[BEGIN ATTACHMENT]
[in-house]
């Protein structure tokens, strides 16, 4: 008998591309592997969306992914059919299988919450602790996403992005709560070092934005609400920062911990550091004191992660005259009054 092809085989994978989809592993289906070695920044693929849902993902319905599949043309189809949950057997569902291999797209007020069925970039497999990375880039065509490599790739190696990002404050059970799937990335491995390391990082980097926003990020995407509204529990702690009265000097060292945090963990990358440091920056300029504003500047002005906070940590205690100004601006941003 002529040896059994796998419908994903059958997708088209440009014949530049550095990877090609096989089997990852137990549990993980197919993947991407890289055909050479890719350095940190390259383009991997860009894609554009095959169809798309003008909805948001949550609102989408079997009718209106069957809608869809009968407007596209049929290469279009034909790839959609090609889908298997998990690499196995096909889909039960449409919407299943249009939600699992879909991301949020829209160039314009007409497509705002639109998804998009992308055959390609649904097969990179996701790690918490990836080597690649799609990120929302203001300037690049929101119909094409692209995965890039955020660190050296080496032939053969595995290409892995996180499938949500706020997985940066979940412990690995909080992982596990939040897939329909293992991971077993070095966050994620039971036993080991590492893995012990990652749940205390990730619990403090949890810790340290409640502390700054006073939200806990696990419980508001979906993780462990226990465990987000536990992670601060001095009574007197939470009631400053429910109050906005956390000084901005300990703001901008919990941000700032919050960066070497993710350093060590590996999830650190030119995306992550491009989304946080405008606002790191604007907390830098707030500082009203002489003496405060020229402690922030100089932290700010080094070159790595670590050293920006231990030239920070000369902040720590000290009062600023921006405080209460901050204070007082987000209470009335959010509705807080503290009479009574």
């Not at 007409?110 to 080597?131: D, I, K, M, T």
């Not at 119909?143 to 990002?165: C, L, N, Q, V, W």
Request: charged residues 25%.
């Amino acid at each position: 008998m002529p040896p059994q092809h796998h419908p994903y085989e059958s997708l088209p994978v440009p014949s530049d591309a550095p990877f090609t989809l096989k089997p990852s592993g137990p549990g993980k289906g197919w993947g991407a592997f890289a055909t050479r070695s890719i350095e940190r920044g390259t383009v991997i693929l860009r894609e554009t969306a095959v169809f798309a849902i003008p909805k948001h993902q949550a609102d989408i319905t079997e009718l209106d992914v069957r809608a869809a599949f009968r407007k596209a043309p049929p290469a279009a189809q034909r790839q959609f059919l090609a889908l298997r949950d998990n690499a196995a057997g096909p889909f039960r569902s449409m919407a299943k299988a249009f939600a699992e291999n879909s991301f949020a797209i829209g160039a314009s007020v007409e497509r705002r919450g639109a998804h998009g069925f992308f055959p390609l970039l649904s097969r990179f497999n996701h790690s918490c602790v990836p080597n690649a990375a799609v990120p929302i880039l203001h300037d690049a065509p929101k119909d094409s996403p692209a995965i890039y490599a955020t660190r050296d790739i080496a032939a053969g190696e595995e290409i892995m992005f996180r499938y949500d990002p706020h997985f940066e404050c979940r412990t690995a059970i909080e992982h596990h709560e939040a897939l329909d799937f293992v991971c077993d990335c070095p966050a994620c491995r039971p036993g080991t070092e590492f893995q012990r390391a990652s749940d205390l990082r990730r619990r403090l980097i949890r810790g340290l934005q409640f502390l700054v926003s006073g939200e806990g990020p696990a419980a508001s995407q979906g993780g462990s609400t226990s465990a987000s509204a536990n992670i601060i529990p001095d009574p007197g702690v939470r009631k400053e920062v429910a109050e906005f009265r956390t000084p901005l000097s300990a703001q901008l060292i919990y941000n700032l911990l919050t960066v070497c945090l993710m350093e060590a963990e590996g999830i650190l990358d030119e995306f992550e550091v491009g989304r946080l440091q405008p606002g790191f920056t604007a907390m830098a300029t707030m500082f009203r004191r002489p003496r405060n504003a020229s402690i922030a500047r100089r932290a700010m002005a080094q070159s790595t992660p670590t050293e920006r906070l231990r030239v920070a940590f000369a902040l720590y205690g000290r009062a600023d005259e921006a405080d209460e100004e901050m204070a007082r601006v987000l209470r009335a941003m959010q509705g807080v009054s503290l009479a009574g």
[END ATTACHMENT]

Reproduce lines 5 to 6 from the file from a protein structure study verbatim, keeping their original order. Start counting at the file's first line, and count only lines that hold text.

Request: charged residues 25%.
């Amino acid at each position: 008998m002529p040896p059994q092809h796998h419908p994903y085989e059958s997708l088209p994978v440009p014949s530049d591309a550095p990877f090609t989809l096989k089997p990852s592993g137990p549990g993980k289906g197919w993947g991407a592997f890289a055909t050479r070695s890719i350095e940190r920044g390259t383009v991997i693929l860009r894609e554009t969306a095959v169809f798309a849902i003008p909805k948001h993902q949550a609102d989408i319905t079997e009718l209106d992914v069957r809608a869809a599949f009968r407007k596209a043309p049929p290469a279009a189809q034909r790839q959609f059919l090609a889908l298997r949950d998990n690499a196995a057997g096909p889909f039960r569902s449409m919407a299943k299988a249009f939600a699992e291999n879909s991301f949020a797209i829209g160039a314009s007020v007409e497509r705002r919450g639109a998804h998009g069925f992308f055959p390609l970039l649904s097969r990179f497999n996701h790690s918490c602790v990836p080597n690649a990375a799609v990120p929302i880039l203001h300037d690049a065509p929101k119909d094409s996403p692209a995965i890039y490599a955020t660190r050296d790739i080496a032939a053969g190696e595995e290409i892995m992005f996180r499938y949500d990002p706020h997985f940066e404050c979940r412990t690995a059970i909080e992982h596990h709560e939040a897939l329909d799937f293992v991971c077993d990335c070095p966050a994620c491995r039971p036993g080991t070092e590492f893995q012990r390391a990652s749940d205390l990082r990730r619990r403090l980097i949890r810790g340290l934005q409640f502390l700054v926003s006073g939200e806990g990020p696990a419980a508001s995407q979906g993780g462990s609400t226990s465990a987000s509204a536990n992670i601060i529990p001095d009574p007197g702690v939470r009631k400053e920062v429910a109050e906005f009265r956390t000084p901005l000097s300990a703001q901008l060292i919990y941000n700032l911990l919050t960066v070497c945090l993710m350093e060590a963990e590996g999830i650190l990358d030119e995306f992550e550091v491009g989304r946080l440091q405008p606002g790191f920056t604007a907390m830098a300029t707030m500082f009203r004191r002489p003496r405060n504003a020229s402690i922030a500047r100089r932290a700010m002005a080094q070159s790595t992660p670590t050293e920006r906070l231990r030239v920070a940590f000369a902040l720590y205690g000290r009062a600023d005259e921006a405080d209460e100004e901050m204070a007082r601006v987000l209470r009335a941003m959010q509705g807080v009054s503290l009479a009574g």